The growing obsession with sex and violence on soaps broadcast before the 9pm watershed, such as EastEnders and Coronation Street, was denounced by a television watchdog yesterday.
EastEnders in particular has a high number of children among its viewers, but in recent months has run a storyline about a girl's descent into prostitution and drug addiction.
The Broadcasting Standards Council, in a report published yesterday, said it believed the extra episodes programmed for the soaps in the ratings battle had led to channel controllers stringing out graphic plots. Storylines such as Janine's prostitution and drug addiction in EastEnders had provoked a string of complaints, the BSC added.
The Commission was prompted to carry out a survey on the public's attitude towards soaps after an upsurge in complaints about their content since the beginning of the year. Besides concerns about the Janine storyline in EastEnders, the BSC has received complaints about schoolgirl Candice's sexual relationship with Jason Grimshaw in Coronation Street.
More than 2,000 people were questioned in what was the biggest soap survey for 20 years. It found that one in five people felt uncomfortable watching soaps with their children and believed they tackled unsuitable issues for younger viewers, while one in eight said they were unsuitable for children altogether.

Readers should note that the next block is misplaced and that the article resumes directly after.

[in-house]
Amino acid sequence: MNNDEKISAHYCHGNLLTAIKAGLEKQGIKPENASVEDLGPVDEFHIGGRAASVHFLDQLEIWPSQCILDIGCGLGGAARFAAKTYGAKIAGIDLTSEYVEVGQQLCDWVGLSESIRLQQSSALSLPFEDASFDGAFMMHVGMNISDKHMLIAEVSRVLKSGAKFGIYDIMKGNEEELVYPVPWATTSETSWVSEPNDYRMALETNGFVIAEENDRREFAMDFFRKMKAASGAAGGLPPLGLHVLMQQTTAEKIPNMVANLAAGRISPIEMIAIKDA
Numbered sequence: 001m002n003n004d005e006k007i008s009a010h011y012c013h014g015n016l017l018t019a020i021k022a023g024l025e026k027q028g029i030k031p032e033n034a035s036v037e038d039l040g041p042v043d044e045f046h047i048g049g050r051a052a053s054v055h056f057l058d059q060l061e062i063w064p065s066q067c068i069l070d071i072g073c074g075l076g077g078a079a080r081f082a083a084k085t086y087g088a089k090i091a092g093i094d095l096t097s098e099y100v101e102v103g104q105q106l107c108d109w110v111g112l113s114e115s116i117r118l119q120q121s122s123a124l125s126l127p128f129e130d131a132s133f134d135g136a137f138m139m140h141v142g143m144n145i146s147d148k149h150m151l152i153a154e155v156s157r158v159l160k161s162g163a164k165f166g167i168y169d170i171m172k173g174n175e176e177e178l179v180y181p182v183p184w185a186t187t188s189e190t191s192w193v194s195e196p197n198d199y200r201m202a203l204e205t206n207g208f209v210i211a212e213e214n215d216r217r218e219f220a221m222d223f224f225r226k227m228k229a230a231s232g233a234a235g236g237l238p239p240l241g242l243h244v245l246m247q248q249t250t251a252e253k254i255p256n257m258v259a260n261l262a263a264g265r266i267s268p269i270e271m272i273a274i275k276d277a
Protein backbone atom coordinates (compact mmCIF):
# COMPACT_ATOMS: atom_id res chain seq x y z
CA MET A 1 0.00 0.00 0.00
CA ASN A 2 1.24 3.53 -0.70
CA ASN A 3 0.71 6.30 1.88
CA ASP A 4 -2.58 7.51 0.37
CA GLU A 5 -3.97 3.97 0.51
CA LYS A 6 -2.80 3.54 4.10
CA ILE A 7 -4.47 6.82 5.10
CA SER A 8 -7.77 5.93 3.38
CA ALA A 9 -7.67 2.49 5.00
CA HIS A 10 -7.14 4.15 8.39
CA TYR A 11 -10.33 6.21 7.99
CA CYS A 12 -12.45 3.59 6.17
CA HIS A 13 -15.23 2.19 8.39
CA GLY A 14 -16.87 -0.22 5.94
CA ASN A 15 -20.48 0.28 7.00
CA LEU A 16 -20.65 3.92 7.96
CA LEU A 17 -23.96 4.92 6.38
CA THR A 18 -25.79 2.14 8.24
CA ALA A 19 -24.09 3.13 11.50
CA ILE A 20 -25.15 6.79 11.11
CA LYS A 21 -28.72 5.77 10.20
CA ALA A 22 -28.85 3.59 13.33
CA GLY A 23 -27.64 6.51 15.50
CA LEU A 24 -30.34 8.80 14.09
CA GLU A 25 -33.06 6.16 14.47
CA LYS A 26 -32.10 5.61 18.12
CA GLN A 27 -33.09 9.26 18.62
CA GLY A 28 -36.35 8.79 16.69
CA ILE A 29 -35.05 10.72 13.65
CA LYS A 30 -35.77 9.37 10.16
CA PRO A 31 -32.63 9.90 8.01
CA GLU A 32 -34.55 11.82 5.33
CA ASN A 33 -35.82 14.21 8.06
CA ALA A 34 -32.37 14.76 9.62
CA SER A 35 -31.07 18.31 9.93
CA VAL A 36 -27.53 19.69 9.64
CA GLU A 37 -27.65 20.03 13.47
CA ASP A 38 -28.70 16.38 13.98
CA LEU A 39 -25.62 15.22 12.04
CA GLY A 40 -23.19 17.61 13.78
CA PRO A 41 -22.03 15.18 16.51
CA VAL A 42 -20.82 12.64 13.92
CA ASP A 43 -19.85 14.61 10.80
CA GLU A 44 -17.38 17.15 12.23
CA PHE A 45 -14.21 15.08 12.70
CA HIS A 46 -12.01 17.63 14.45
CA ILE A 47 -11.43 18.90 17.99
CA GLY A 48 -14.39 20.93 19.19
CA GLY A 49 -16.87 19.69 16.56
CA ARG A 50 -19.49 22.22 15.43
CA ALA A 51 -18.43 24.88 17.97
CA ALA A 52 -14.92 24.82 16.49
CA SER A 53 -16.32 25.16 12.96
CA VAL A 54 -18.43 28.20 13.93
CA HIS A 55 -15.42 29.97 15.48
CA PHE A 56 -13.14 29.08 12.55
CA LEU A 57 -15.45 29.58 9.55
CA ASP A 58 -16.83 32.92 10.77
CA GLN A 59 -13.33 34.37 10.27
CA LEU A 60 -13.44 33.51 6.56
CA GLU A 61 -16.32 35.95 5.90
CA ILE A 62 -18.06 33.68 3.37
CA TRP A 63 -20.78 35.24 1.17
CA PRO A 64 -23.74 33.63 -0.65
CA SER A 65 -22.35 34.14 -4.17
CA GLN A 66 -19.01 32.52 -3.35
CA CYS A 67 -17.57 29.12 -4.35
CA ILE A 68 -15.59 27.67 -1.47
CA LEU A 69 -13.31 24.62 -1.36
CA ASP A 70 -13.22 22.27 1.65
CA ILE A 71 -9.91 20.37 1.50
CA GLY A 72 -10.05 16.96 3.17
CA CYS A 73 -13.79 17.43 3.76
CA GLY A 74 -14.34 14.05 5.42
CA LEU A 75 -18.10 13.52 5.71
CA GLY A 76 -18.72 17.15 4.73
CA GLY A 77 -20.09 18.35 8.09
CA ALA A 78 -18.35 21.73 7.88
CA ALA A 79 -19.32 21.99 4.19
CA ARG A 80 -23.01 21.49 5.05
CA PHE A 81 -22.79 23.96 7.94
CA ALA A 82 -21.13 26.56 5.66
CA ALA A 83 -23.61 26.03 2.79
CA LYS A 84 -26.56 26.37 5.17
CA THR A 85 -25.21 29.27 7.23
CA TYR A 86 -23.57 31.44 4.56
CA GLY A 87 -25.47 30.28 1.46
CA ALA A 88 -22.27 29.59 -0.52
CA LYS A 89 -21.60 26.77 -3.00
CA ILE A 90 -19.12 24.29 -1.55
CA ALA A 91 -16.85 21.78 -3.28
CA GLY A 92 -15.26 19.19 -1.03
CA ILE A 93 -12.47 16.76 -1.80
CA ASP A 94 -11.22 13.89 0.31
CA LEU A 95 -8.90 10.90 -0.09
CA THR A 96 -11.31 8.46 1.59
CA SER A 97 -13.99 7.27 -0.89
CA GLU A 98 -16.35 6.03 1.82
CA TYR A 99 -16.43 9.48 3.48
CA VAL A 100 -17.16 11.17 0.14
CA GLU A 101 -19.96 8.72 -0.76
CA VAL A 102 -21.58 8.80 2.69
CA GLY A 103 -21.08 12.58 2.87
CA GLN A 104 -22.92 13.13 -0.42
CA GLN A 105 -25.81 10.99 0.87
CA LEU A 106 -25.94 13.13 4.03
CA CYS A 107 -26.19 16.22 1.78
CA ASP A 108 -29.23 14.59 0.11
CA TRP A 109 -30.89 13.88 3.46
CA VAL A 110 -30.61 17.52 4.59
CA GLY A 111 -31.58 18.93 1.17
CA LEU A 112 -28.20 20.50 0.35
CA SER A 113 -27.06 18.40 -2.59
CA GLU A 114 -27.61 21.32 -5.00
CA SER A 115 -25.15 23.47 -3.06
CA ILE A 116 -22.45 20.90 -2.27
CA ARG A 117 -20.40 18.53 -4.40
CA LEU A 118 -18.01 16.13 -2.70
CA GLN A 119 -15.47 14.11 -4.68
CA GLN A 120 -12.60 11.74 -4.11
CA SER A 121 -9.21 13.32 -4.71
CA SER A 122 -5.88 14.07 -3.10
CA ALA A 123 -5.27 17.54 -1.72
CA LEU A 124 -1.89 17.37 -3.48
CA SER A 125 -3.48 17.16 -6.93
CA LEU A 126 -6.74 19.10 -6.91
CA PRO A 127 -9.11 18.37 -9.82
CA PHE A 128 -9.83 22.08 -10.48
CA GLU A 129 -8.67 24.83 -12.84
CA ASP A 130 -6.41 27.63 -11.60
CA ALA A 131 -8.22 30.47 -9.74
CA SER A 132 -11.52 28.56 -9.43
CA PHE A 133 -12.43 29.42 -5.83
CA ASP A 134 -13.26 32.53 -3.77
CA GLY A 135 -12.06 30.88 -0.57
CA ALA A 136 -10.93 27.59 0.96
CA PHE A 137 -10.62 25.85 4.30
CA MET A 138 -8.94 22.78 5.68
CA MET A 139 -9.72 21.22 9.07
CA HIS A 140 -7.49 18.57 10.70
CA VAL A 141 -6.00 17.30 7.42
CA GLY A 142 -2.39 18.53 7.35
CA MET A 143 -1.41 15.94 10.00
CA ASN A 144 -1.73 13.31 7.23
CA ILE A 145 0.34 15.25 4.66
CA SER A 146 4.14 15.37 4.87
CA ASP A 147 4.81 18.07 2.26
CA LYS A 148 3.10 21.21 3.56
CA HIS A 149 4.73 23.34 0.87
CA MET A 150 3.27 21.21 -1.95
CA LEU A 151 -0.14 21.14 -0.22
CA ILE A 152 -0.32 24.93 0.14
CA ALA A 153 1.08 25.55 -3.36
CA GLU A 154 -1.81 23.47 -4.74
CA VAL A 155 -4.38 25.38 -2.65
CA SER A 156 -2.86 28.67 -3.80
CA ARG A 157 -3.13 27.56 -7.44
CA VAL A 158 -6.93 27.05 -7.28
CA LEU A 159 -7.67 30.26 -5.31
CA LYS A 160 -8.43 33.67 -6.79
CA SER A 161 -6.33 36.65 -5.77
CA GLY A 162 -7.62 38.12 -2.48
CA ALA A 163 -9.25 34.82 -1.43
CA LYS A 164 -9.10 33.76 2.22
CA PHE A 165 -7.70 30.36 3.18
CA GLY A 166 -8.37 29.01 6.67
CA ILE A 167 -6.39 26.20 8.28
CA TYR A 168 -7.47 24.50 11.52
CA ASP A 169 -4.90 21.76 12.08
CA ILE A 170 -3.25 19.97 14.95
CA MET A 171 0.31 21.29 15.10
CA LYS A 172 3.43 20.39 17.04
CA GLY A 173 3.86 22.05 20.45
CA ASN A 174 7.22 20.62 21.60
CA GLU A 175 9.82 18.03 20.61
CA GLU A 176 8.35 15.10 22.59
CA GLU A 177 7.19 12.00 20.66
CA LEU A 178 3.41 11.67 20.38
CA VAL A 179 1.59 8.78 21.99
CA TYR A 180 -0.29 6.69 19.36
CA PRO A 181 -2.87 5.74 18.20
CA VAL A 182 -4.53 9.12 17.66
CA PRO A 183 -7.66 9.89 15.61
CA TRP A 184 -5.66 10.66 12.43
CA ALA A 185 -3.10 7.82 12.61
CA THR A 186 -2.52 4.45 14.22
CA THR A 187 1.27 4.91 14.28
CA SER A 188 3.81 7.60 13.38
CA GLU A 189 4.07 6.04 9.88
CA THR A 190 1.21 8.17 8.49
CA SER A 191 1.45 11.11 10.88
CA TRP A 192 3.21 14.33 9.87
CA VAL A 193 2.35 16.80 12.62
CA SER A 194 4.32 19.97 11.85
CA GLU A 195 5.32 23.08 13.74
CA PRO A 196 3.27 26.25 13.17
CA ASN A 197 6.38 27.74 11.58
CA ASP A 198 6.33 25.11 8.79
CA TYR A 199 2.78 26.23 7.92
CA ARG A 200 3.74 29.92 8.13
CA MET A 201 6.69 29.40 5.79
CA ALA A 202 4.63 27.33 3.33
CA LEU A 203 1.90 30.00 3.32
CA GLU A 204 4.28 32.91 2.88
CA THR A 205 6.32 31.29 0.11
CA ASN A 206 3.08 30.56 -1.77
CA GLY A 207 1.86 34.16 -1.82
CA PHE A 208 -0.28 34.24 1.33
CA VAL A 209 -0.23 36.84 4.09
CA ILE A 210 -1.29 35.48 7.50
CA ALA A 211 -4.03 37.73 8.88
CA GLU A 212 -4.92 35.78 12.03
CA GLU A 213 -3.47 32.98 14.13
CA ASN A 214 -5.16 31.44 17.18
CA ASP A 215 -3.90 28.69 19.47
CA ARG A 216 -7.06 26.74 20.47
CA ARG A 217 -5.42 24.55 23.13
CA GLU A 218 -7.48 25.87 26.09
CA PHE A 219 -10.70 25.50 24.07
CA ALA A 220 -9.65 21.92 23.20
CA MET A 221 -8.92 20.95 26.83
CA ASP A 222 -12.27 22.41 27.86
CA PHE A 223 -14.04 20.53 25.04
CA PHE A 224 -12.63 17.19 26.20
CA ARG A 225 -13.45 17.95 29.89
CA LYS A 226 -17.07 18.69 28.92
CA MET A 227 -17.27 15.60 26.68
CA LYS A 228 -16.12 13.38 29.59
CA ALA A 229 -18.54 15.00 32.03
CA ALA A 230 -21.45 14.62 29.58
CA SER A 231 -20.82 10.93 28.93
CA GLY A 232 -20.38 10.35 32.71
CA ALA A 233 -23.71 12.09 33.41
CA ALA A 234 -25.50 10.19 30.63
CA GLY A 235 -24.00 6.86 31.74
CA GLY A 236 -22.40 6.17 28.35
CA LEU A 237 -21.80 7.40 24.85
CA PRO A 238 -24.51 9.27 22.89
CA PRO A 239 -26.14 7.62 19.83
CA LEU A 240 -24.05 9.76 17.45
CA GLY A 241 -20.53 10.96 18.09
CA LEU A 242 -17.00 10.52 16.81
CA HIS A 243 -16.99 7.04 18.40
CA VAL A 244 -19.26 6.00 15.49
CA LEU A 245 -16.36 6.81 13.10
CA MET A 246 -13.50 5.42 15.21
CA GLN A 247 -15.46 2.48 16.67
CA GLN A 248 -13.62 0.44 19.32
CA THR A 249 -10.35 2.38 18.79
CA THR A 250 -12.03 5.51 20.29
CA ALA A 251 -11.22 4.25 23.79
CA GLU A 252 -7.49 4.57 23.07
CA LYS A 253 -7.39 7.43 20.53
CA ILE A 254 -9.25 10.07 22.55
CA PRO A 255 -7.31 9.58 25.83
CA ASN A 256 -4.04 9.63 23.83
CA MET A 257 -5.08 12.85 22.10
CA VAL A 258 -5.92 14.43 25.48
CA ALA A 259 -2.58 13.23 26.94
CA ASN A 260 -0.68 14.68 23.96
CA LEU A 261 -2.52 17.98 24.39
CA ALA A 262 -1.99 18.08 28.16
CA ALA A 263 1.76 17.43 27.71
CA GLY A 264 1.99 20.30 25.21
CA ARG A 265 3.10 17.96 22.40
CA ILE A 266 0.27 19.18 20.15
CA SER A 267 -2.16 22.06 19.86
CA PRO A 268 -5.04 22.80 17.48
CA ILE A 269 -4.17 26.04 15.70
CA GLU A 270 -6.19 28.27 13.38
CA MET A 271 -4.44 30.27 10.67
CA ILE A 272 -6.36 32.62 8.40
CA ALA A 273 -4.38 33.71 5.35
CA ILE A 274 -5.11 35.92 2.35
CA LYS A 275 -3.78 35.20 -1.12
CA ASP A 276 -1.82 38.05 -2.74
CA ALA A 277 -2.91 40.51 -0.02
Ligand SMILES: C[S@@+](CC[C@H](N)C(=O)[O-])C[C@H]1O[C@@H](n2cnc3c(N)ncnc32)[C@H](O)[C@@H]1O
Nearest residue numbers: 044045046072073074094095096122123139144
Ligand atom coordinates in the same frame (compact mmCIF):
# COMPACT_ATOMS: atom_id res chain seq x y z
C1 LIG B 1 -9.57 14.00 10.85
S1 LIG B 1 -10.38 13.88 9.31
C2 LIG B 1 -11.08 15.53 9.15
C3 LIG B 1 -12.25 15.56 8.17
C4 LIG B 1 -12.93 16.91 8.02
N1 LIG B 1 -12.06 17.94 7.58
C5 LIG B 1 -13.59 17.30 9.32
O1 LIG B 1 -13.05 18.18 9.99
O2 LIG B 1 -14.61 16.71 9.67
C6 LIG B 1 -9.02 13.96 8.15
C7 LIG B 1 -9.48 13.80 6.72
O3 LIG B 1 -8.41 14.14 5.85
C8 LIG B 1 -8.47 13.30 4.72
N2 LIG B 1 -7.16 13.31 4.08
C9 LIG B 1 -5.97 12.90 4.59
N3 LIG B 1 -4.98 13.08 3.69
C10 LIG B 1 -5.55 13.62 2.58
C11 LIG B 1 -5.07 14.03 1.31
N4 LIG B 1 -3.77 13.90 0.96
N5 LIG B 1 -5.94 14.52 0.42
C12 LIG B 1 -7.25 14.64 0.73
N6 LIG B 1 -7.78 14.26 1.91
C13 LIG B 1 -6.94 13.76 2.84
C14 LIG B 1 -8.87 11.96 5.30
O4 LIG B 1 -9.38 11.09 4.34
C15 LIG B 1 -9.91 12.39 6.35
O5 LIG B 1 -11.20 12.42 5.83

The BSC's chairman, Lord Dubs, said: "Some felt violence could sometimes be used almost gratuitously to push up ratings and they weren't comfortable with that.If people know they're going to watch a crime show with shootings and so on, they know what to expect. But if violent scenes are in a soap it can be very disturbing because that is not what people's expectations are."
Coronation Street and EastEnders now have four episodes each per week, while Emmerdale has five.
The BSC's director, Paul Bolt, said: "There is more time for them to fill now and, in a sense, some of the storylines are probably more protracted than a few years ago, which adds to the impact. The length of storylines like Little Mo and Trevor's domestic violence [in EastEnders] that came over several episodes may be linked to there being ever more time to fill."
Pre-transmission warnings that the programmes contain scenes of sex and violence should not be necessary, Lord Dubs said. "Before the watershed there should not be a need for that. Parents should feel comfortable about their children watching," he said.
Viewers were also concerned that the real-life victims of crimes portrayed in soaps could be traumatised by what they saw on screen. They applauded the inclusion of telephone helpline numbers after episodes with harrowing storylines, such as Toyah Battersby's rape in Coronation Street and the domestic violence scenes in EastEnders.
EastEnders proved the most popular soap, with 68 per cent saying they watched it, compared with 67 per cent for Coronation Street. Emmerdale was watched by 52 per cent of those surveyed and Brookside by 31 per cent.
Join our new commenting forum
Join thought-provoking conversations, follow other Independent readers and see their replies